T.T.C. from the first chord drive nuts... gees! another great ballad to include in my assortment... Mr. Jens van der Stempel sing all the song in tune with exquisite complicity with female voices... grandious and emotive like it should be a prog ballad with the synthesized violins sending chills in my arms. Later they should bring me Message to complete the time spent in this album... once again beautiful female voices. This two songs deserve to buy this album.... an get accustomed to the singer.

Report this review (#186275)
Posted Saturday, October 18, 2008 | Review Permalink
2 stars I guess that it has all been said after the opening number: each of the neo prog aspects has been tackled here. With skills for sure. But without passion. That's what I feel while I listen to this album.

There no real weak track but one ("TTC"). But I'm still looking for any brilliance at all?It is not the epic "Killing Silence" that is going to change my mind. This Dutch band plays music like tens of similar ones. No big deal really.

The first moment of interest is the good guitar break during "Message" which is the sixth song featured on this album? OK, "The Killing Silence" is not bad either. But this is not enough to prevent the two stars rating for this (long) below average neo prog moment.

Report this review (#307601)
Posted Saturday, October 30, 2010 | Review Permalink
Honorary Collaborator
3 stars ''In the City'' was just the beginning of a succesful career for Egdon Heath with the band supporting IQ for their Dutch concerts.What was hard to deal with on the live performances was the fact that the lead vocals were handled by the two keyboardists of the band.So soon enough they recruited a lead vocalist, Jens van der Stempel.In 1991 their debut was reissued in CD format together with Egdon Heath's sophomore album ''The Killing Silence'', recorded at the RDS Studios in the small Jubbega village and released on the Dutch label SI Music.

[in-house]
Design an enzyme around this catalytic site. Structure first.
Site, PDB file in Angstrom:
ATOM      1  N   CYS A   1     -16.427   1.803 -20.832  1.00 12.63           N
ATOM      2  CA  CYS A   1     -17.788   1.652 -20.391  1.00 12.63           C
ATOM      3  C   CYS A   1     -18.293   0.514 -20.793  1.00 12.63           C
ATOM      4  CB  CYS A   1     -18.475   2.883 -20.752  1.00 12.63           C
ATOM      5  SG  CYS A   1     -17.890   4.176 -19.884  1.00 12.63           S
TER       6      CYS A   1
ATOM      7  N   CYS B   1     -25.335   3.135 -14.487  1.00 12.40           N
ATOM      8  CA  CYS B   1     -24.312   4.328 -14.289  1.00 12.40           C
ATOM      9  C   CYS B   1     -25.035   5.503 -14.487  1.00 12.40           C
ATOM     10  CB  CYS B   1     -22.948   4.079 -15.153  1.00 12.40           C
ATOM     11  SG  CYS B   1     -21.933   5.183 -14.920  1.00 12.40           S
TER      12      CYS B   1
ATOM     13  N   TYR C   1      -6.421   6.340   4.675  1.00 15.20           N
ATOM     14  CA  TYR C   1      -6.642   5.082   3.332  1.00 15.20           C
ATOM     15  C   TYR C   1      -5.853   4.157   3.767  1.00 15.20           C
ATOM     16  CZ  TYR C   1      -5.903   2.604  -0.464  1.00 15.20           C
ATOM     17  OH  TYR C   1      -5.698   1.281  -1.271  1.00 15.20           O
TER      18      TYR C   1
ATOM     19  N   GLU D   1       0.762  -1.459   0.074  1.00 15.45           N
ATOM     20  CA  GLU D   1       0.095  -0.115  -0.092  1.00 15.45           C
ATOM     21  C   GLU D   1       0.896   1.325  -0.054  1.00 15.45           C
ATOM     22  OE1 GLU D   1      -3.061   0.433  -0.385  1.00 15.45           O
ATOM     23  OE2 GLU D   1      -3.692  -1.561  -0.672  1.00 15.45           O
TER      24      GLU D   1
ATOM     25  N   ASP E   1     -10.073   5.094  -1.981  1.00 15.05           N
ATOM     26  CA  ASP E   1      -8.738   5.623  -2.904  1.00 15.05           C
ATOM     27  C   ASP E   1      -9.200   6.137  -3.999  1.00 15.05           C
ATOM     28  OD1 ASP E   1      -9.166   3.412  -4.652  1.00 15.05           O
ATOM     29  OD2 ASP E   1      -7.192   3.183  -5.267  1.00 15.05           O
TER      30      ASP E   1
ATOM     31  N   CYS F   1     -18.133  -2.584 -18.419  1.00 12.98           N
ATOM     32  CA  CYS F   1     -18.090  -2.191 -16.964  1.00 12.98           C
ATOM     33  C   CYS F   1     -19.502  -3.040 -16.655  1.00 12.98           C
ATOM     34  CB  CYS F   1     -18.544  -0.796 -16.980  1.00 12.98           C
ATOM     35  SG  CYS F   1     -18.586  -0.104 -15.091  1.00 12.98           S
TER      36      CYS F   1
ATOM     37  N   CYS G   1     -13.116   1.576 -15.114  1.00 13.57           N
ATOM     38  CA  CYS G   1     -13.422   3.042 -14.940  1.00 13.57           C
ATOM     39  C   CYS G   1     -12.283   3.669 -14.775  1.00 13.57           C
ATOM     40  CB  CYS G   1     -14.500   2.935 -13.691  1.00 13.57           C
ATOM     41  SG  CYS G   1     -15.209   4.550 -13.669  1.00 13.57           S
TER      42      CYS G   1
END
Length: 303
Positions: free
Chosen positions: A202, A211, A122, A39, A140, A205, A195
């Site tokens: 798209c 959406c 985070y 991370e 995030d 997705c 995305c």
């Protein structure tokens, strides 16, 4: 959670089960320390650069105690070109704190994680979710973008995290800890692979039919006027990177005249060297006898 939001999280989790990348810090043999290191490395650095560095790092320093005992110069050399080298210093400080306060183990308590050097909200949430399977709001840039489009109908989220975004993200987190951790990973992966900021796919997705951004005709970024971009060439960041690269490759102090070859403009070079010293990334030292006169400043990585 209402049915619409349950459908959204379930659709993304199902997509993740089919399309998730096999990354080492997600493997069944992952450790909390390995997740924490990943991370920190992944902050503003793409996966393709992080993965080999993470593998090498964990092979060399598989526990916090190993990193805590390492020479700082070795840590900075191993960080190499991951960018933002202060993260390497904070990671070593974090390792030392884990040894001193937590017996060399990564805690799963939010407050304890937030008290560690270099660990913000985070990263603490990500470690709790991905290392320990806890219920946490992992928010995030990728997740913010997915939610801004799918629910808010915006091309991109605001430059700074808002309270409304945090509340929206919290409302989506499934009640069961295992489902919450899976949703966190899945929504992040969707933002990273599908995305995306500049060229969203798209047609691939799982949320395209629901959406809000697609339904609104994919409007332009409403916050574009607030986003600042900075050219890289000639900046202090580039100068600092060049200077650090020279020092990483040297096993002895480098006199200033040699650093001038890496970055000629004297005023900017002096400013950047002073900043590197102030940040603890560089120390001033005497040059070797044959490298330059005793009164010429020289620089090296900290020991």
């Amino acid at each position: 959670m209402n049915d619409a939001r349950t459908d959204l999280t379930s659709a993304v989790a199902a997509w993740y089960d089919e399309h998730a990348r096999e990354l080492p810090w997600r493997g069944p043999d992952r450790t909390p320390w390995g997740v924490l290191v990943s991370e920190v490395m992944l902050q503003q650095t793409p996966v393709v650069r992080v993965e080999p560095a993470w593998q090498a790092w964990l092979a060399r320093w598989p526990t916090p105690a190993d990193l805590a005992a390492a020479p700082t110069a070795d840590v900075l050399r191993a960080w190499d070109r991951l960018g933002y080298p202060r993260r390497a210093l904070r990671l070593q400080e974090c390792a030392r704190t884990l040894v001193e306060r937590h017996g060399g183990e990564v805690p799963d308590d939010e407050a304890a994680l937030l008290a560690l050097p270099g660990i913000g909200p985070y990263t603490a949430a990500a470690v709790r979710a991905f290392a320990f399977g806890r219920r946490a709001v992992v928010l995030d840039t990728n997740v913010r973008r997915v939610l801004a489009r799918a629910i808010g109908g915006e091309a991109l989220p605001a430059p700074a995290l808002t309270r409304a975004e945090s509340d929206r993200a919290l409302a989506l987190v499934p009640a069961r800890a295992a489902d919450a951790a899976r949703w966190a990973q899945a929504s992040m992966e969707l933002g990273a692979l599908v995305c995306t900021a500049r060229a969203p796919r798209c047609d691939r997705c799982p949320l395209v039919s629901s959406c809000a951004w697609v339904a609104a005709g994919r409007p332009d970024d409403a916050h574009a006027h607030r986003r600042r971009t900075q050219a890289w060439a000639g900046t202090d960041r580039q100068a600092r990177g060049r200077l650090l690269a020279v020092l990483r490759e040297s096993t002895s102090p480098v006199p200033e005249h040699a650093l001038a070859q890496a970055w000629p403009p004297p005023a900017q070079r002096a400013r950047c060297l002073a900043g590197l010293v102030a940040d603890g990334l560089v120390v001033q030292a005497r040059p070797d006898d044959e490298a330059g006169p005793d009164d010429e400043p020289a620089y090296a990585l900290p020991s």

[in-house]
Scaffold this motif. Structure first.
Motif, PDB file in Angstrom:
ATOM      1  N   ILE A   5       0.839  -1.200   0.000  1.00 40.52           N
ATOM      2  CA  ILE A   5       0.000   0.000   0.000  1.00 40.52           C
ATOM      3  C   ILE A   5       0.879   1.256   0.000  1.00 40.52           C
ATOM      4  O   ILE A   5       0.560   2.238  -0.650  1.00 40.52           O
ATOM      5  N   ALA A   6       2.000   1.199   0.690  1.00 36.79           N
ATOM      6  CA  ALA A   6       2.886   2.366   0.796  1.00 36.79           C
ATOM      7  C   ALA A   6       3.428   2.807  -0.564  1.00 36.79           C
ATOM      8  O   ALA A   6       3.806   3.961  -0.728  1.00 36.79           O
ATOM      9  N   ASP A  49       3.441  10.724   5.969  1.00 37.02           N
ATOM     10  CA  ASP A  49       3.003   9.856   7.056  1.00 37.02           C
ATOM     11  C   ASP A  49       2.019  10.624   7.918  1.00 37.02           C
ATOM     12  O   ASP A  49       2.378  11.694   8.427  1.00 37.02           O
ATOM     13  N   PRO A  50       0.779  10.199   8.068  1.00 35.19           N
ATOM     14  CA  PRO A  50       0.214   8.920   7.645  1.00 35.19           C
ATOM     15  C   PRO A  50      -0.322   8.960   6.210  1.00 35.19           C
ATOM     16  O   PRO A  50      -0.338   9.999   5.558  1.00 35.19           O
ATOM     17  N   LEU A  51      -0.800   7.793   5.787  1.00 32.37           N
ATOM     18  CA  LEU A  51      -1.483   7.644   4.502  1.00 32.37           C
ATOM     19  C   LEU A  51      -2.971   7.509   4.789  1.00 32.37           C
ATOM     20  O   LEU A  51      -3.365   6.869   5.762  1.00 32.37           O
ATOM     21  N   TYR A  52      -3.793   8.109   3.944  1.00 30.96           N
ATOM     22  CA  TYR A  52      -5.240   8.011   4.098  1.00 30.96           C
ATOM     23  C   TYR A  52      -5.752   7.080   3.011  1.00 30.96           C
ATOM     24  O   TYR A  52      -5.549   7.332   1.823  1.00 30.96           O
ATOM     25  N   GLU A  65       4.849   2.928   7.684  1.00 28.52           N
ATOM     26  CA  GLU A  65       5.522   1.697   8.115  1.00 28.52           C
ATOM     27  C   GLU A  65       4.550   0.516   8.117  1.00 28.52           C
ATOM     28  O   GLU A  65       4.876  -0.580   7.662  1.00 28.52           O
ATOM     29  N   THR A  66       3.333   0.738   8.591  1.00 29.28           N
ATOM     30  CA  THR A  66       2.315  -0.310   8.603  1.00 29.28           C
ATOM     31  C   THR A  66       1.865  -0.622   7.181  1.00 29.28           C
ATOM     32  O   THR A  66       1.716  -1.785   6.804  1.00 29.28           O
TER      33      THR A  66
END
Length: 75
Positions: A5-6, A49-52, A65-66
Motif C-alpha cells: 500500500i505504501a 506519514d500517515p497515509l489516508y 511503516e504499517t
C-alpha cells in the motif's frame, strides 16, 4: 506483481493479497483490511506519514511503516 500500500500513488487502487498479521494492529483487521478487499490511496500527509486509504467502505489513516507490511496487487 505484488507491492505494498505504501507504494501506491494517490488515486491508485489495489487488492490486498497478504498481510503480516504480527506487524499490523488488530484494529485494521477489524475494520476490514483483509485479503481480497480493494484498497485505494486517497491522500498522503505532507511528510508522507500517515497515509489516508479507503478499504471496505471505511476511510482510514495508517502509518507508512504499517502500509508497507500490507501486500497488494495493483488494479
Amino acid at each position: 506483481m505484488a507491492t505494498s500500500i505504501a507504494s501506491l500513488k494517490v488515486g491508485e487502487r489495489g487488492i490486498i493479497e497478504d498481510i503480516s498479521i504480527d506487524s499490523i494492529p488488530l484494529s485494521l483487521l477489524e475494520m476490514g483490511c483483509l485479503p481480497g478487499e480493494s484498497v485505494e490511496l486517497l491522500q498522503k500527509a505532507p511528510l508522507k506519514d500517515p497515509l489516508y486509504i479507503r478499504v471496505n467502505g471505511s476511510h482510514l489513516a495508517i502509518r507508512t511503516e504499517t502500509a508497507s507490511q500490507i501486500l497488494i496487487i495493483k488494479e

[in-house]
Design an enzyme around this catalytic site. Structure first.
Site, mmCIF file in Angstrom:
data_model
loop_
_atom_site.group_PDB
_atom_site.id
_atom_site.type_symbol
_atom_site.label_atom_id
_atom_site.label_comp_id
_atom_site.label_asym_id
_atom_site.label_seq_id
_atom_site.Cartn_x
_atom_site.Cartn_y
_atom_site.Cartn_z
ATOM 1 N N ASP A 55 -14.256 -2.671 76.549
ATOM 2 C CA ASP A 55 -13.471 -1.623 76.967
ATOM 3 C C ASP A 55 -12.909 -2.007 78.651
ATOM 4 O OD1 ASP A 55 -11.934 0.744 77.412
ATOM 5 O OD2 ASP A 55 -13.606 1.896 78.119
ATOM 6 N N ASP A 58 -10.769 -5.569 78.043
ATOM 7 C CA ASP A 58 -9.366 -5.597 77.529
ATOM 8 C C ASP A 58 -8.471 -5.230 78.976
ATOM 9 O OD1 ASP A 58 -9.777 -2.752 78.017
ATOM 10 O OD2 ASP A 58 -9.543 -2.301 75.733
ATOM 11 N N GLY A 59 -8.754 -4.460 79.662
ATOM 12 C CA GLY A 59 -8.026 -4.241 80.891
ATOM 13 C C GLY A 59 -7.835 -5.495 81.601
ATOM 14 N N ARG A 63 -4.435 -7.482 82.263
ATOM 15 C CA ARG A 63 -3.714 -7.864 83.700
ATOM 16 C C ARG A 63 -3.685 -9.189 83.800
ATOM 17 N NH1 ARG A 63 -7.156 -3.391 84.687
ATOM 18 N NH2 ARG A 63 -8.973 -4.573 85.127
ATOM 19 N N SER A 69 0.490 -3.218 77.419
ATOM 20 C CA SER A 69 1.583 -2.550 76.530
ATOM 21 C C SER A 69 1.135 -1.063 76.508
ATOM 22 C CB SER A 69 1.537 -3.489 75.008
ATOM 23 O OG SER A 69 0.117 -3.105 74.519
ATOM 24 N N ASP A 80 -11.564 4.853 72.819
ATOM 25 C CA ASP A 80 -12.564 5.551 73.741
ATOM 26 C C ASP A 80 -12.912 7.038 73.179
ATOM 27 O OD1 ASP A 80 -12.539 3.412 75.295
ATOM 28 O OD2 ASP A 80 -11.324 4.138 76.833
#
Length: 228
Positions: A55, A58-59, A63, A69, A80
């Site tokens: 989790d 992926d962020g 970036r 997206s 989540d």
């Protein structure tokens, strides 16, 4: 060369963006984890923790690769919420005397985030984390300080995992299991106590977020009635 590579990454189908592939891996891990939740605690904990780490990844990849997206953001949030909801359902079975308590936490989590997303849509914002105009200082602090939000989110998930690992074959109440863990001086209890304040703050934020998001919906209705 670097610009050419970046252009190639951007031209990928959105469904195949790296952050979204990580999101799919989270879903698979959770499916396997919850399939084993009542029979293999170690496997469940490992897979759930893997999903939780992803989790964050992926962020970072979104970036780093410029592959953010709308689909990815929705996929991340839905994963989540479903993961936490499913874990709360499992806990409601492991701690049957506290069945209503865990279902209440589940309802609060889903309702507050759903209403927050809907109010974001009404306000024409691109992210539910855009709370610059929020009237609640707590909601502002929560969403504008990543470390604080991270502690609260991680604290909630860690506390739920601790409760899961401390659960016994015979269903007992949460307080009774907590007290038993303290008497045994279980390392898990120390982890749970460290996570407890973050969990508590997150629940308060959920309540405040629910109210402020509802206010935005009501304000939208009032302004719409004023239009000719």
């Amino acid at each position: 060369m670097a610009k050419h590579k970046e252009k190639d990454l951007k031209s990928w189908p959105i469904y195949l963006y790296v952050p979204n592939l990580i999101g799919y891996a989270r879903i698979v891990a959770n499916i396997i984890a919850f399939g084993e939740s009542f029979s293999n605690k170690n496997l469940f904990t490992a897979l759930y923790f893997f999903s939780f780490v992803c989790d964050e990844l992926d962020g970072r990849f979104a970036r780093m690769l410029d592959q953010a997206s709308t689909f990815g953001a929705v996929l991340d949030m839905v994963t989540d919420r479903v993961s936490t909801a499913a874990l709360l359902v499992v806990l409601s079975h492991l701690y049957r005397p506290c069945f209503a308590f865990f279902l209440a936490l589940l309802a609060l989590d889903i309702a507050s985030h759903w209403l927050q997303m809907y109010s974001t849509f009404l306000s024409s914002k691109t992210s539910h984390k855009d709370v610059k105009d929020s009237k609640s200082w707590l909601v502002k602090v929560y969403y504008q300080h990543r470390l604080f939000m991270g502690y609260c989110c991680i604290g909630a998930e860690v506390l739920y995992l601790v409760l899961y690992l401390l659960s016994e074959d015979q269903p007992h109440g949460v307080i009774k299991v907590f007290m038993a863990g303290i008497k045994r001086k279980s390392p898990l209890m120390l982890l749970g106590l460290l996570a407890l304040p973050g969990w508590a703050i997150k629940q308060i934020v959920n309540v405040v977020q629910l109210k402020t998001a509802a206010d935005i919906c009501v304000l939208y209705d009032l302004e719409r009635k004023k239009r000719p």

While ''In the city'' was a rather uneven album, consisting of strong and weaker tracks, the new Egdon Heath effort is definitely more consistent, rockier and balanced.However it lacks the killer tracks of the first album, as all of the compositions here sound good and satisfying with no weak points but also without any masterful moments.The band sounds a bit rougher and darker than on the debut, playing Neo Prog with strong TWELFTH NIGHT and PALLAS overtones, featuring grandiose keyboard passages and beautiful guitar parts, both on lead and solo parts, with the new singer being well-tight with the rest of the crew.But Egdon Heath never forget about their more sensitive side, throwing in a couple of decent ballads with emotional content, good guitar solos and elegant piano work.The rockier tunes though remain the driving force of the new CD, having a nice symphonic sound in many instrumental parts, a few well-executed breaks and a sufficient alternation between different emotions.

I certainly can see why this one is regarded the best of the first two Egdon Heath works.Its consistency throughout and the more atmospheric style is warmly praised by prog fans, but personally I miss the couple of the monster moments of ''In the city''.The second album by this Dutch crew already belongs to the collection of most Neo Prog fans out there and is still warmly recommended to the rest of the prog audience.

Report this review (#733131)
Posted Thursday, April 19, 2012 | Review Permalink